Reap the Benefits of Juicing: Our Top 3 Picks Examined

While it certainly should not replace consuming actual fruits and vegetables, juicing can complement an already healthful diet and boost your overall intake of these foods. By separating the pulp of fruits and vegetables, juicing removes the insoluble fiber and makes the nutrients more readily available to the body. It also delivers the vitamins and minerals in higher concentrations, helping to relax the digestive system between meals, especially for those with digestive disorders, such as gastroesophageal reflux disease (GERD), Crohn’s disease, and ulcerative colitis. Juicing also helps alkalize the body by balancing pH levels, which can improve energy, promote better immune function, and slow the process of aging. Now that we have discussed the benefits, let’s examine a number of our handpicked juice recipes that can work in synergy with a healthy, balanced diet.

#3: Veg Out 

  • Carrot
  • Celery 
  • Cucumber 
  • Parsley
  • Beet

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If you want to get a good variety of your veggies (although do keep in mind that cucumbers are technically fruits), Veg Out is the one for you! In addition to vitamins and minerals, this drink is loaded with phytochemicals. Beginning with carrots, the carotenoids found in them help to protect the skin from sun damage, maintain healthy vision, and strengthen the immune system. The betalains found in beets, which give them their purplish-red pigment, contain anti-inflammatory properties that can decrease the risk of heart disease, type-2 diabetes, and certain types of cancer. Contributing to its aroma and taste, celery contains a phytochemical called 3-n-butylphthalide, which can lower blood pressure and LDL cholesterol. When juiced, celery can also help replenish lost electrolytes, as it is a good source of calcium, potassium, and magnesium. It contains vitamin A, vitamin C, and folate, which helps to make new cells in the body. Lastly, the flavonoids and lignans found in cucumbers can be beneficial for combating inflammation and cancer. Furthermore, cucumbers supply more of the antioxidant nutrients that are critical for healthy eyes, skin, bones, and cartilage. These include vitamin C, beta-carotene, and manganese. 

#2: All Greens

  • Spinach 
  • Kale
  • Celery
  • Cucumber 
  • Parsley

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Considered to be the healthiest of all our juices, the All Greens comes exactly as advertised. It derives its deep green hue from the leafy vegetables, spinach and kale. Both are good sources of calcium, which helps to maintain healthy bones and teeth, as well as normal nerve and muscle function. Kale particularly allows for better calcium absorption, as it contains low levels of oxalates, which inhibit the mineral from being absorbed by the body. These leafy greens, when paired with the high water content of celery and cucumbers, also pack a good amount of vitamin K, a fat-soluble vitamin essential for both bone and blood health. Parsley also sprinkles in some vitamin A, vitamin C, folate, iron, and potassium to the mix with its aromatic flavor. Its antioxidant properties help to reduce oxidative stress and can be protective against cancer and heart disease. By embracing variety, the All Greens juice certainly helps to add more servings of vegetables to your diet, while keeping the sugar content low.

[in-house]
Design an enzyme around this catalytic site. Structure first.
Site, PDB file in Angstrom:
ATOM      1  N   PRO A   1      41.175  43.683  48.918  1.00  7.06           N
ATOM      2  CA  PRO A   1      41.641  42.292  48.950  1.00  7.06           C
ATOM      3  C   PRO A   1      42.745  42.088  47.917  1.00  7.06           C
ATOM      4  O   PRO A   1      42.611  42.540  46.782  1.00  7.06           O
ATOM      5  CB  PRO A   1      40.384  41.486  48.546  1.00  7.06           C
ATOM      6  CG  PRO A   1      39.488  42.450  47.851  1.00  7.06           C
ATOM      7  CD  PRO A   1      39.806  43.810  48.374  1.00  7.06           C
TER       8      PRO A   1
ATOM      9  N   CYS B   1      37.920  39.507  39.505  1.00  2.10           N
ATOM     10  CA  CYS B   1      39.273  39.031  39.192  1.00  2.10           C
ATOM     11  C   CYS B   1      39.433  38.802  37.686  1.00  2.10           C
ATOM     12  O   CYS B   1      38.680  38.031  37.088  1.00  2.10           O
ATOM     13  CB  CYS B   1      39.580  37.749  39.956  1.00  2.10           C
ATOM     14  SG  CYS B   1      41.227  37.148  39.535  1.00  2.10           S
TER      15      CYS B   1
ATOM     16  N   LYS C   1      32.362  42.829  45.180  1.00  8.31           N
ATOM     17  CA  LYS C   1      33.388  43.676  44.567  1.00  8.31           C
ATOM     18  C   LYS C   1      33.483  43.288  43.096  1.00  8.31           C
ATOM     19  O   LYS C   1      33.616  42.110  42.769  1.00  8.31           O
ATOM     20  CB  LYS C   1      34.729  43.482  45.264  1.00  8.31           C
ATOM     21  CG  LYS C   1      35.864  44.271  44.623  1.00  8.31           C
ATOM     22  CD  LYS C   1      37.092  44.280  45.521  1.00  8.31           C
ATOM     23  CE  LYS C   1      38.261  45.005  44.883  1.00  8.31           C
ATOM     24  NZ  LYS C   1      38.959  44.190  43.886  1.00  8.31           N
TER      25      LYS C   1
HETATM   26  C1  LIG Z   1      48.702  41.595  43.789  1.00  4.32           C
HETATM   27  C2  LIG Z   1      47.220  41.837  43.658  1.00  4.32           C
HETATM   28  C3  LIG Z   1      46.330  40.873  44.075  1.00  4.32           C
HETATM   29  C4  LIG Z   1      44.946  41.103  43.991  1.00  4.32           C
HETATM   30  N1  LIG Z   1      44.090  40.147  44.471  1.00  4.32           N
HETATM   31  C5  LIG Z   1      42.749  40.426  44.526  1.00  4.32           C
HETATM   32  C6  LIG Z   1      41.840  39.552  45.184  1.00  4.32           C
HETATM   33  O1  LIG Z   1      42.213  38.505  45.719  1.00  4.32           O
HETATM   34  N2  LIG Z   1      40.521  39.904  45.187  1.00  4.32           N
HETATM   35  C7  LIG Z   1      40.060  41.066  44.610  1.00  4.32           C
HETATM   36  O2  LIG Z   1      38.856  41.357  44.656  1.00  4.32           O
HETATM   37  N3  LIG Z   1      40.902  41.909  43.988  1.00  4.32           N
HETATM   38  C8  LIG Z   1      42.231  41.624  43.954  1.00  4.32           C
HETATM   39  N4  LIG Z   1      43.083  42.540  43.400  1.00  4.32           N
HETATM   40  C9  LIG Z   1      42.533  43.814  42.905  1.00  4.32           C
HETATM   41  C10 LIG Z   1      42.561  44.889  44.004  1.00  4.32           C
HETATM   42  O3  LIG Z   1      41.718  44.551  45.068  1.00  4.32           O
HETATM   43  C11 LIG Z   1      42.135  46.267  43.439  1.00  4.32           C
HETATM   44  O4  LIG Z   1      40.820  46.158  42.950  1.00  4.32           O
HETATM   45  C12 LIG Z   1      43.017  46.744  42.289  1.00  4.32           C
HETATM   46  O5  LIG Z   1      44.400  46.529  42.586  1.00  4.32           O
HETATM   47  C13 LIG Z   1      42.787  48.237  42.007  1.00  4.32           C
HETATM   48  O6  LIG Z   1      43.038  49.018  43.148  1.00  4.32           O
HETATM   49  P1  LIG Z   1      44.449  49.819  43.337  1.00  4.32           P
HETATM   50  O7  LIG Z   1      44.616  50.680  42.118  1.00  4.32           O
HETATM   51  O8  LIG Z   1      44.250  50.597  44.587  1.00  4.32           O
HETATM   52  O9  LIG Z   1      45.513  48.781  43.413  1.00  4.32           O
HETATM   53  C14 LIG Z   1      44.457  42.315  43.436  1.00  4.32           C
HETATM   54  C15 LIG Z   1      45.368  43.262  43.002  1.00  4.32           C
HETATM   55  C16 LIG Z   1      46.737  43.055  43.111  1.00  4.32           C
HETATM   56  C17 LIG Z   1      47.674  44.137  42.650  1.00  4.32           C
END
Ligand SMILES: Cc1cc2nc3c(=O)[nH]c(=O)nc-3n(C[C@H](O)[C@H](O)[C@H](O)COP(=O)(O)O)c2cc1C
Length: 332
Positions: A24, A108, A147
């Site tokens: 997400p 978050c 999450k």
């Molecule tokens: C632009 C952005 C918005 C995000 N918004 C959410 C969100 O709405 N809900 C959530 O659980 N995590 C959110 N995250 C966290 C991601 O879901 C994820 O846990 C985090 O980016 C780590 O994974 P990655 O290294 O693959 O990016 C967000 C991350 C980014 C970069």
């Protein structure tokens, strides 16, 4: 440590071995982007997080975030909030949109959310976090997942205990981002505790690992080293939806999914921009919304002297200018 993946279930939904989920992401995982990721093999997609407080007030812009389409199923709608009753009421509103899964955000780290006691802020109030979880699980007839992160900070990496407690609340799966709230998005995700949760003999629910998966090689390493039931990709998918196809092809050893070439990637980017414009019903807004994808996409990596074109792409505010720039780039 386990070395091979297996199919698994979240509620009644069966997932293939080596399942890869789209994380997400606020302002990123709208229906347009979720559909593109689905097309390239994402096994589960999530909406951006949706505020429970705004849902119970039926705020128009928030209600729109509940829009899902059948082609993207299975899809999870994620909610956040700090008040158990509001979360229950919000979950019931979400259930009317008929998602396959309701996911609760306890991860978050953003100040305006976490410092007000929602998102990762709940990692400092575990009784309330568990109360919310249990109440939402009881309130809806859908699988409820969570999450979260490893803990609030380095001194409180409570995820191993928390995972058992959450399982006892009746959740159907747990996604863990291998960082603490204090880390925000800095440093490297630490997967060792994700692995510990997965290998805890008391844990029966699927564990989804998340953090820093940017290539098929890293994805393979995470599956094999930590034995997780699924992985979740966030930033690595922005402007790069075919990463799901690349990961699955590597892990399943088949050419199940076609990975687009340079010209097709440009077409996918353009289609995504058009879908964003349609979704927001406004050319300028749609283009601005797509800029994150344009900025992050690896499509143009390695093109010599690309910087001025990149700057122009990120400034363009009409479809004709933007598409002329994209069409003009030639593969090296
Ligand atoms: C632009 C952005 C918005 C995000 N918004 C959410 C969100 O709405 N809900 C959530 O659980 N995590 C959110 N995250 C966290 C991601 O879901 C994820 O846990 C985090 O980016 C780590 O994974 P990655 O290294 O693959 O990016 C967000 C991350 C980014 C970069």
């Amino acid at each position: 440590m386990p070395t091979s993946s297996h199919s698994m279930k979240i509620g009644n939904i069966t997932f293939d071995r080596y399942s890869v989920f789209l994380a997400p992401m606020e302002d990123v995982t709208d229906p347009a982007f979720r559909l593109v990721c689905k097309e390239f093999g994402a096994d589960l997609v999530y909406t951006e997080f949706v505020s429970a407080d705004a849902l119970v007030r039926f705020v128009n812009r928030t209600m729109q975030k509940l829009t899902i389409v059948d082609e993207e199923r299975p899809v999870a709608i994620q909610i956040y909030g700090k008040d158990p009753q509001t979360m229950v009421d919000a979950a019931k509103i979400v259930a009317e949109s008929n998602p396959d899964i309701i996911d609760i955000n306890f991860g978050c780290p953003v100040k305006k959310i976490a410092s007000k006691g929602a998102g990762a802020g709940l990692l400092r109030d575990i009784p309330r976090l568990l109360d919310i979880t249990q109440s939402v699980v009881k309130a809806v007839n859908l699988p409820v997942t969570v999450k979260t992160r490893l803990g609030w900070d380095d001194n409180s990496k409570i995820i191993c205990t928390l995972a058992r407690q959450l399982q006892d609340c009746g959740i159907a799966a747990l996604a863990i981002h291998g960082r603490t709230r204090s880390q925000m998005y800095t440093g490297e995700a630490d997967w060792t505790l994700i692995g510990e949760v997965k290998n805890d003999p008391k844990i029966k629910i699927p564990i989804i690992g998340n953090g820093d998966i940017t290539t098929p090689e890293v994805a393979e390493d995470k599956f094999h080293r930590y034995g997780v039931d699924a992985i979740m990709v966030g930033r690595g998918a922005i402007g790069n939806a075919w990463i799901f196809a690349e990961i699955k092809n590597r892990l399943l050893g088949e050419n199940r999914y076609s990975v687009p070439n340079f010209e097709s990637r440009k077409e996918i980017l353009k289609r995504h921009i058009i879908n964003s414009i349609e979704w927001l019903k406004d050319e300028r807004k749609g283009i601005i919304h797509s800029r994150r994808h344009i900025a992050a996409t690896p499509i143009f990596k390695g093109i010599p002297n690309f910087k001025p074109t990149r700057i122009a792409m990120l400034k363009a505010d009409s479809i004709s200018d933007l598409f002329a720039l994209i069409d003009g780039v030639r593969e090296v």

#1: Lemon Drop

  • Apple 
  • Lemon 
  • Ginger

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The cold and flu season is upon us, and this just might be the morning lift you need to strengthen your body’s immune system. Beginning with the most versatile ingredient, apples are a year-round fruit rich in vitamin C, potassium, and phytochemicals, including flavonoids and phenolic acids. They are especially high in pectin, a water-soluble fiber that can improve intestinal health and lower LDL cholesterol levels by slowing its absorption into the bloodstream. If you prefer yours to be less sweet, the Granny Smith variety goes well with this juice. The Red Delicious or Gala kind work well if you wish to have leafy greens added to yours, as either helps to balance out the bitterness of the vegetables. Lemons are another great source of vitamin C and contain phytochemicals called limonoids, which can be toxic to certain types of cancer cells. Last but not least, ginger is a powerful spice that serves as a terrific remedy for upper respiratory infections, helping to flush out toxins and cleanse the lymphatic system. Ginger also contains anti-inflammatory phytochemicals called gingerols, which can lessen muscle soreness from exercise and pain associated with arthritis. It can aid digestion, helping to relieve an upset stomach and nausea. The benefits are innumerable, making this spice (and juice) a great immune system booster.

 

*Note: To maximize the nutritional benefits and reduce the risk of a foodborne illness, drink your juices right after they are prepared.